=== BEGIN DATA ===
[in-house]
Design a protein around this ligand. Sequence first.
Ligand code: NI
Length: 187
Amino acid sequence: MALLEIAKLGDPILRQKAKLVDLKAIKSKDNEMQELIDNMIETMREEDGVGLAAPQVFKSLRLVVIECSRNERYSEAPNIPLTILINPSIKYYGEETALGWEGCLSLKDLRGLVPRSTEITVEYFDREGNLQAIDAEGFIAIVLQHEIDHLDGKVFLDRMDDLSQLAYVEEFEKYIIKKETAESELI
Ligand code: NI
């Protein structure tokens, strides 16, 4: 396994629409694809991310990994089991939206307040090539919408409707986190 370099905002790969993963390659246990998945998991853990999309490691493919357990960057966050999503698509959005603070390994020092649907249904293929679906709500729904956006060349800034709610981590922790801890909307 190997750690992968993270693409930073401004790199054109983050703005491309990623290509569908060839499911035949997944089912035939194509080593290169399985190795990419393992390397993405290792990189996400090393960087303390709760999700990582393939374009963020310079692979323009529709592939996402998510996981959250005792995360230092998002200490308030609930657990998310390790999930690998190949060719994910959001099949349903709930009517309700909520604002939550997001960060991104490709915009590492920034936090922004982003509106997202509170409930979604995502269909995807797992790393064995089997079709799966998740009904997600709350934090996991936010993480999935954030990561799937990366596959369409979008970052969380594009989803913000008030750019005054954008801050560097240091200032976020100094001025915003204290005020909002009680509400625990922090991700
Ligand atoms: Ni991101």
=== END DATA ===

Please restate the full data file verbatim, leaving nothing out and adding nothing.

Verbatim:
[in-house]
Design a protein around this ligand. Sequence first.
Ligand code: NI
Length: 187
Amino acid sequence: MALLEIAKLGDPILRQKAKLVDLKAIKSKDNEMQELIDNMIETMREEDGVGLAAPQVFKSLRLVVIECSRNERYSEAPNIPLTILINPSIKYYGEETALGWEGCLSLKDLRGLVPRSTEITVEYFDREGNLQAIDAEGFIAIVLQHEIDHLDGKVFLDRMDDLSQLAYVEEFEKYIIKKETAESELI
Ligand code: NI
């Protein structure tokens, strides 16, 4: 396994629409694809991310990994089991939206307040090539919408409707986190 370099905002790969993963390659246990998945998991853990999309490691493919357990960057966050999503698509959005603070390994020092649907249904293929679906709500729904956006060349800034709610981590922790801890909307 190997750690992968993270693409930073401004790199054109983050703005491309990623290509569908060839499911035949997944089912035939194509080593290169399985190795990419393992390397993405290792990189996400090393960087303390709760999700990582393939374009963020310079692979323009529709592939996402998510996981959250005792995360230092998002200490308030609930657990998310390790999930690998190949060719994910959001099949349903709930009517309700909520604002939550997001960060991104490709915009590492920034936090922004982003509106997202509170409930979604995502269909995807797992790393064995089997079709799966998740009904997600709350934090996991936010993480999935954030990561799937990366596959369409979008970052969380594009989803913000008030750019005054954008801050560097240091200032976020100094001025915003204290005020909002009680509400625990922090991700
Ligand atoms: Ni991101």